Read the article on NYTimes.com titled “Minecraft Stars on YouTube Share Secrets to Their Celebrity”
Videos by Mitchell Hughes, a top Minecraft YouTuber, often consist of him and his friends exchanging jokes as they play survival games with other online players. CreditEve Edelheit for The New York Times
Excerpts of the article
YouTube videos about Minecraft are giant hits, even though the game’s blocky graphics don’t seem to scream excitement. Millions of people watch players narrate while they fly, hike and excavate Minecraft’s virtual world, which is akin to an open world digital Lego set. The Minecraft narrators – often men in their early 20s with effervescent personalities – act as solo tour guides as they build skyscrapers, ships and other structures or engage in battles of survival.
YouTube, which is owned by Google, says Minecraft is the most popular game of all time on the site, ahead of Grand Theft Auto and Call of Duty, two major video game franchises. Last year, “Minecraft” was the second most searched term on YouTube, after “Frozen.” The popularity of the game explains why Microsoft paid $2.5 billion last year to acquire Mojang, the Swedish company that created Minecraft in 2009.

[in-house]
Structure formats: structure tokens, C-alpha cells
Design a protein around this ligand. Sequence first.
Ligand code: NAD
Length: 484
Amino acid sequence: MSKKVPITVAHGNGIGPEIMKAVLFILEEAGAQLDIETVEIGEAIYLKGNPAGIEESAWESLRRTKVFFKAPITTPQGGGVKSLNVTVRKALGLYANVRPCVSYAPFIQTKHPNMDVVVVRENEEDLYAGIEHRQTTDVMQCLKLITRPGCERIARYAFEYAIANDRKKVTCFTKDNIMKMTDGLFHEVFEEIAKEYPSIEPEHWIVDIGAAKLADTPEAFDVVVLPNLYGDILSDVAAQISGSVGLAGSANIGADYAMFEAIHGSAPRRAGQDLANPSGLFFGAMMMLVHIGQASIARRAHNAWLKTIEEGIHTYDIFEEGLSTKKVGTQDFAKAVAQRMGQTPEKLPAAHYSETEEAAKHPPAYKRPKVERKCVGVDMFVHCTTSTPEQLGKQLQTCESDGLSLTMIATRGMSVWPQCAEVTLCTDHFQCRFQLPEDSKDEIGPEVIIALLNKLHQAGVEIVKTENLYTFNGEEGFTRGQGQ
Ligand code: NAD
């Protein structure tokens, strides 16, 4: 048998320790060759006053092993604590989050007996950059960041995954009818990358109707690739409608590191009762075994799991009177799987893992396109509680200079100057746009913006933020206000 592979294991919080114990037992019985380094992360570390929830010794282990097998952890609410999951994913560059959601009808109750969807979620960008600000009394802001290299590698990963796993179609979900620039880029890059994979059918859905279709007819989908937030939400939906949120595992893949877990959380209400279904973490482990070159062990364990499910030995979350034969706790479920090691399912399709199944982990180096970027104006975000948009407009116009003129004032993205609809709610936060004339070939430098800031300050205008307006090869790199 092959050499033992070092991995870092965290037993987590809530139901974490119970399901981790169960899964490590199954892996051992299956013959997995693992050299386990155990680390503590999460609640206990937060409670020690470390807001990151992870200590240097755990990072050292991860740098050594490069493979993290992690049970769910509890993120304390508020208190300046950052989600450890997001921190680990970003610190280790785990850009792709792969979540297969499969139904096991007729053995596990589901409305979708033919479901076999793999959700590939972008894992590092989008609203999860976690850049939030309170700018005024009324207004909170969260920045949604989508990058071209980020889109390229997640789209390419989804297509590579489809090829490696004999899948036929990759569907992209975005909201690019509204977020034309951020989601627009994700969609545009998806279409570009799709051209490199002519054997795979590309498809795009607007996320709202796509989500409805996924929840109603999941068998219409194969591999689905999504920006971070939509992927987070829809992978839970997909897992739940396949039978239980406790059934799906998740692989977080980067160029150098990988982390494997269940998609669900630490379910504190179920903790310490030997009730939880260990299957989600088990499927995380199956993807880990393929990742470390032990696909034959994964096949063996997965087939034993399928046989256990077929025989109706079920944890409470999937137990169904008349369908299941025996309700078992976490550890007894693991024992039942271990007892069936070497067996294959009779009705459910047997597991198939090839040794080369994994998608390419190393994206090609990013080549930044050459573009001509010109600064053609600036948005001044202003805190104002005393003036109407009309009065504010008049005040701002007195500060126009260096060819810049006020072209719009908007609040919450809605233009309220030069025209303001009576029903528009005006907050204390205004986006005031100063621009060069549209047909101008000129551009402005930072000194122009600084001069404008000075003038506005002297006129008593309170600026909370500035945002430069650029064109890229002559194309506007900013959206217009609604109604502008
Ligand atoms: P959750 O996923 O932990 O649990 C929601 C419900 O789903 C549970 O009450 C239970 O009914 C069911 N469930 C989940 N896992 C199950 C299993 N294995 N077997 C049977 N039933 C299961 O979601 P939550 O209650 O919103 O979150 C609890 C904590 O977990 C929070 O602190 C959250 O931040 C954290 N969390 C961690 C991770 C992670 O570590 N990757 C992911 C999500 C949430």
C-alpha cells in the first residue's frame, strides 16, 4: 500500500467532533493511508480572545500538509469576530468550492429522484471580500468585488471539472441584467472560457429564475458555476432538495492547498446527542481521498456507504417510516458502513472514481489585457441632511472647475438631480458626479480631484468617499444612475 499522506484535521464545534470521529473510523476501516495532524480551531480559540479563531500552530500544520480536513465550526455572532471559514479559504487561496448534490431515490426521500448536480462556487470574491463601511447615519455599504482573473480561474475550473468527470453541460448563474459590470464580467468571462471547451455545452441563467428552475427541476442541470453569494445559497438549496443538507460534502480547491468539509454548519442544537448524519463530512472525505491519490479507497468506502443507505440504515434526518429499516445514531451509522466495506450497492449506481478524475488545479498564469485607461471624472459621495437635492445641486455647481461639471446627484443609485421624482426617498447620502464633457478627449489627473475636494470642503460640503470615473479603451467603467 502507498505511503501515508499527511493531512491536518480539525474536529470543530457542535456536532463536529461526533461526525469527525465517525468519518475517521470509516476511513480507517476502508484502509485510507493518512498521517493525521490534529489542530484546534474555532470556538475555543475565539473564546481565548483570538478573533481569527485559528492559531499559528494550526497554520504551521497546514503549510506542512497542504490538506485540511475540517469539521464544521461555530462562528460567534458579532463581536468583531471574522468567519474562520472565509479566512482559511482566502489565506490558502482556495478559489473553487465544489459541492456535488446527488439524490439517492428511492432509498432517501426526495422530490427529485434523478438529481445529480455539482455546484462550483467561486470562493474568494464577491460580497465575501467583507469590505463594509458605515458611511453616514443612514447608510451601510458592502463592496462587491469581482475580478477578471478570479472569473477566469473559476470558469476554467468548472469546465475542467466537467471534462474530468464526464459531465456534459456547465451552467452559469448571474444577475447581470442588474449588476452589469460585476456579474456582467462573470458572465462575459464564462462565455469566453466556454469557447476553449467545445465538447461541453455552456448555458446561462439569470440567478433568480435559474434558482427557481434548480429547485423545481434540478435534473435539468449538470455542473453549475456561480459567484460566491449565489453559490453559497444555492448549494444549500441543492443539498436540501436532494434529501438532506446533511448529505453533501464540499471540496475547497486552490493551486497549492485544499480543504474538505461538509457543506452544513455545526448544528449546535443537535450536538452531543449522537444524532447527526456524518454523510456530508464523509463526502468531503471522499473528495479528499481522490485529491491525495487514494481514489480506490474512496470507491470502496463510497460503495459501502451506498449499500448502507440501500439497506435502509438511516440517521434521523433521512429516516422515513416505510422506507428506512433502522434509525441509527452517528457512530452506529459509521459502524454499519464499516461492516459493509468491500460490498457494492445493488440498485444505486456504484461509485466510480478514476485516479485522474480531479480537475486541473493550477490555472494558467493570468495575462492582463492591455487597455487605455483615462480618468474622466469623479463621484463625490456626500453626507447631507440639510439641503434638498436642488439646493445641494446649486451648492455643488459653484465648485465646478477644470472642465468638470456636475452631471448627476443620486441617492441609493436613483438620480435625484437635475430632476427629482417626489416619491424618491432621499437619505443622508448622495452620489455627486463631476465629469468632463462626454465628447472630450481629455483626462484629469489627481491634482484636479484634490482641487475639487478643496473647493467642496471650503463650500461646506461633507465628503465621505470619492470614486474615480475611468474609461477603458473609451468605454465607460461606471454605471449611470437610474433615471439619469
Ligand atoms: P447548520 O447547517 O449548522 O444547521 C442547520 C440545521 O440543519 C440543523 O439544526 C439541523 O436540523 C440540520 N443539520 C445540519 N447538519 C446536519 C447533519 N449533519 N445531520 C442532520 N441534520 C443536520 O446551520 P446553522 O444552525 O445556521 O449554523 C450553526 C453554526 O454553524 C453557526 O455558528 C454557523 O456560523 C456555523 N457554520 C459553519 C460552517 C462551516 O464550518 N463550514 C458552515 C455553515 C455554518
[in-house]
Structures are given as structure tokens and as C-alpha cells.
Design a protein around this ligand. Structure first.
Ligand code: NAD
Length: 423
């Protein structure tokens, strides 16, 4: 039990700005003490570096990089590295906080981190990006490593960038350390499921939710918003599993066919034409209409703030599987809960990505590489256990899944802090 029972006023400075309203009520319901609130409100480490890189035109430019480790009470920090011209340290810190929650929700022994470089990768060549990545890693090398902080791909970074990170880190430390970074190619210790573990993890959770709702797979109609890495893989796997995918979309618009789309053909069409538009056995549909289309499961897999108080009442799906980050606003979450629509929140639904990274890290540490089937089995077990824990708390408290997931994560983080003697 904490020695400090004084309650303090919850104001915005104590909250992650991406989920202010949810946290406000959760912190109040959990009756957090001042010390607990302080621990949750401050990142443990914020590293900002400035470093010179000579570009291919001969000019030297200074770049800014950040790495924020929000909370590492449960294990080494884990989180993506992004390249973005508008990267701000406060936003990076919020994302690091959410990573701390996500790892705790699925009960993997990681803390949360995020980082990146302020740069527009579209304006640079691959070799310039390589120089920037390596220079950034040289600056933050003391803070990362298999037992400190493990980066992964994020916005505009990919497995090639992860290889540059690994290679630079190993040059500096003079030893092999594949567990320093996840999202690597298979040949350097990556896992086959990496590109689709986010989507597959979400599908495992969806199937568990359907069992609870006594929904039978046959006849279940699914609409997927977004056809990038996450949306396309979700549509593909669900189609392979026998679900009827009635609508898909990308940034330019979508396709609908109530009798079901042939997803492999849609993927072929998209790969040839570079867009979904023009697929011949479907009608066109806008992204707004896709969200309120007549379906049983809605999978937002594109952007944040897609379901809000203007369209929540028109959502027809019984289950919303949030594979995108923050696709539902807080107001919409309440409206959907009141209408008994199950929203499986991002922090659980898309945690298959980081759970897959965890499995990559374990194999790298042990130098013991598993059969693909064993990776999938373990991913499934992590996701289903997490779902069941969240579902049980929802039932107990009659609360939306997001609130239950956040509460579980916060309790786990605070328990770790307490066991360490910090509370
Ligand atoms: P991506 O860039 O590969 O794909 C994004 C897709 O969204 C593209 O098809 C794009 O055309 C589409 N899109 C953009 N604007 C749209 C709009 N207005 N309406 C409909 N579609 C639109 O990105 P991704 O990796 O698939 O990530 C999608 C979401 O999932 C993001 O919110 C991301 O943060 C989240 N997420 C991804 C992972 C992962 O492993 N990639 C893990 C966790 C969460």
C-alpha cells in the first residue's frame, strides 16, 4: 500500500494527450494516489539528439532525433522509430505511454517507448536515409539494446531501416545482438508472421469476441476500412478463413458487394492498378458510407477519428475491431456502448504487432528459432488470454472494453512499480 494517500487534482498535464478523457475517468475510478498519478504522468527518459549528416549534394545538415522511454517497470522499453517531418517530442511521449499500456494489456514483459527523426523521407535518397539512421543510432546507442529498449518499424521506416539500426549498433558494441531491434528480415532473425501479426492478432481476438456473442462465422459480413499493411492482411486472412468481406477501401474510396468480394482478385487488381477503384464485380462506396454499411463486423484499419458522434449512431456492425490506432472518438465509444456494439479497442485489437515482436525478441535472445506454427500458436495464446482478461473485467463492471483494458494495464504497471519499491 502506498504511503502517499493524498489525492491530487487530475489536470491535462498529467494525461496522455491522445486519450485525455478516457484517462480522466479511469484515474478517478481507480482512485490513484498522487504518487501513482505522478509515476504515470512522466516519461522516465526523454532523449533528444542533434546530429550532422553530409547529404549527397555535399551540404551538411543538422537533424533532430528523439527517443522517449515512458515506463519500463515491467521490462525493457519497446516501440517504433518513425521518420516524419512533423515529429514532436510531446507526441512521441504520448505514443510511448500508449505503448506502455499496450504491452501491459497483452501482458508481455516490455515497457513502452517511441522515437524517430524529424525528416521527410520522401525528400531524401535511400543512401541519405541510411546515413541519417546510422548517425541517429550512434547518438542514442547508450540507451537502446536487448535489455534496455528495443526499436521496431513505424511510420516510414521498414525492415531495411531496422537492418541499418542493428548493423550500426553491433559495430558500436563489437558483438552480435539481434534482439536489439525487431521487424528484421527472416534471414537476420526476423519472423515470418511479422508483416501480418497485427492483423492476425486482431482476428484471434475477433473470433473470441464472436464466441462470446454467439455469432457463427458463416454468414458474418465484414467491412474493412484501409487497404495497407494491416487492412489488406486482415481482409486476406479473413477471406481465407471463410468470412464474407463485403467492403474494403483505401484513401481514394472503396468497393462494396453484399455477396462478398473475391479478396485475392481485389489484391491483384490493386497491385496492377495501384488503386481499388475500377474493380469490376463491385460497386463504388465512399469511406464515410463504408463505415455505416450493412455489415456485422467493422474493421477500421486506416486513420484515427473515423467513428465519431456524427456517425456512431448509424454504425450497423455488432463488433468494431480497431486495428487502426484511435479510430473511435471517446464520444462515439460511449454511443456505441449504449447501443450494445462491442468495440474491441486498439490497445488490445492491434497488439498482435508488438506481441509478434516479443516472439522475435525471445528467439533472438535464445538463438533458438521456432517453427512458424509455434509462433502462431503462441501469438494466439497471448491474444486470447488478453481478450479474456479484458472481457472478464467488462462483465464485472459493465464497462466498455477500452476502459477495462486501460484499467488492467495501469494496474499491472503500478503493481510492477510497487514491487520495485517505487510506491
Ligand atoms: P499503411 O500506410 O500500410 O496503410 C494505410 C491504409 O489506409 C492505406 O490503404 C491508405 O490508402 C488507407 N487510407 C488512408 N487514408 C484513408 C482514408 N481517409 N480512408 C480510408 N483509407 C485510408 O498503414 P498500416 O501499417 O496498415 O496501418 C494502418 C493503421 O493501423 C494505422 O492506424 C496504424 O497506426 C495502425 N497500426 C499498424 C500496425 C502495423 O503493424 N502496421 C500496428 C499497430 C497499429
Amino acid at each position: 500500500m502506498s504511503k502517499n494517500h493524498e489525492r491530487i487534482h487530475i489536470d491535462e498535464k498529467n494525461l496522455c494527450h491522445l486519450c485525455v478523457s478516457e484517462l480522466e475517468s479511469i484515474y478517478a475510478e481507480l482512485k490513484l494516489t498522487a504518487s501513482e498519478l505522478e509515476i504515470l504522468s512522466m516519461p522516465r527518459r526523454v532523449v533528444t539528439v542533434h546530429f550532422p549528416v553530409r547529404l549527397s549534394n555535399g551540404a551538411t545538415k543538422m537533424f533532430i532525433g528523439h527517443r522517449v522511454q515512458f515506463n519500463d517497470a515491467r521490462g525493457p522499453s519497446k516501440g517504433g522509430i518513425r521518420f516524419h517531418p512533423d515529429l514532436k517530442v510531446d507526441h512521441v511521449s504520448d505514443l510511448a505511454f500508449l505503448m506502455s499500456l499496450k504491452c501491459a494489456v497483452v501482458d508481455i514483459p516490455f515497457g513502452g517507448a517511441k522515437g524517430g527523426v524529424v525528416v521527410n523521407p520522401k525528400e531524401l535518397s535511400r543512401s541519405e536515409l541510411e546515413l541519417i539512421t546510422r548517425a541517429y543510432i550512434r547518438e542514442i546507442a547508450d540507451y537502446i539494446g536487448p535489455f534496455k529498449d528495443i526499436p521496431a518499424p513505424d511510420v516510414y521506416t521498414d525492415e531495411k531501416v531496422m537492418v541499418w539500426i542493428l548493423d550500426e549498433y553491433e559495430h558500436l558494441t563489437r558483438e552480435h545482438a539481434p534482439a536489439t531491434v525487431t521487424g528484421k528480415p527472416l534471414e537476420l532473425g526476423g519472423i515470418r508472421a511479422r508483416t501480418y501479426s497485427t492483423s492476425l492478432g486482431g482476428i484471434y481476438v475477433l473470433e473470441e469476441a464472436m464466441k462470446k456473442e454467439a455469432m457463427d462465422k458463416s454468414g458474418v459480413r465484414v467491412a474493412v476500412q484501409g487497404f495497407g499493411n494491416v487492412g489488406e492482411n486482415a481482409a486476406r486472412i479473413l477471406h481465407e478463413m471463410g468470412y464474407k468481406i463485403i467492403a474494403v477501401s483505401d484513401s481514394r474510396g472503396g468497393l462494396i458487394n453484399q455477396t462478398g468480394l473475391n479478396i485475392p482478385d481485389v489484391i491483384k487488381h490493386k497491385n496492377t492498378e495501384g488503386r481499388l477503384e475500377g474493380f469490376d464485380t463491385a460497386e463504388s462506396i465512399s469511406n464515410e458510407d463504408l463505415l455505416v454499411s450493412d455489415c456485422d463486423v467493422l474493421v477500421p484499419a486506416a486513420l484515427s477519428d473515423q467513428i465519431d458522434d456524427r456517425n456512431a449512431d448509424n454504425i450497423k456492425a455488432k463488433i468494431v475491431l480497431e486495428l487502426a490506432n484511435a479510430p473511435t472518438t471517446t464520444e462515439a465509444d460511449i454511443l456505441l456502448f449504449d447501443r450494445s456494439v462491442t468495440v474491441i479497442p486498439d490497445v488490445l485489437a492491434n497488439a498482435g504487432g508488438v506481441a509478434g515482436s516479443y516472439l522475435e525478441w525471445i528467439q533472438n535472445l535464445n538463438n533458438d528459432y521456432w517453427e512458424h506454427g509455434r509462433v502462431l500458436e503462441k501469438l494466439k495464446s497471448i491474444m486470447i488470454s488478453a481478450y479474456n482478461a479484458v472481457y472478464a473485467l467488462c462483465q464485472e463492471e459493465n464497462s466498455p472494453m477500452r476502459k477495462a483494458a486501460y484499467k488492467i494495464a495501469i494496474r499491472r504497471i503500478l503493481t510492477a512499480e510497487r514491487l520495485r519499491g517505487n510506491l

“The amazing thing about using this software is you can produce an amazing video every day with big production values,” said Joseph Garrett, a master of the Minecraft YouTube genre who uses the handle Stampy. “If you were doing live action shows that could be done, but it wouldn’t be as easy.”
Based on publicly available audience numbers and typical advertising rates, Peter Warman, an analyst with the market research firm Newzoo, estimates there are eight to 10 Minecraft YouTubers who earn over $1 million a year.
To get a better grasp on what it takes to be a successful Minecraft YouTuber — and, by extension, better understand what makes the videos so popular….
Read the full article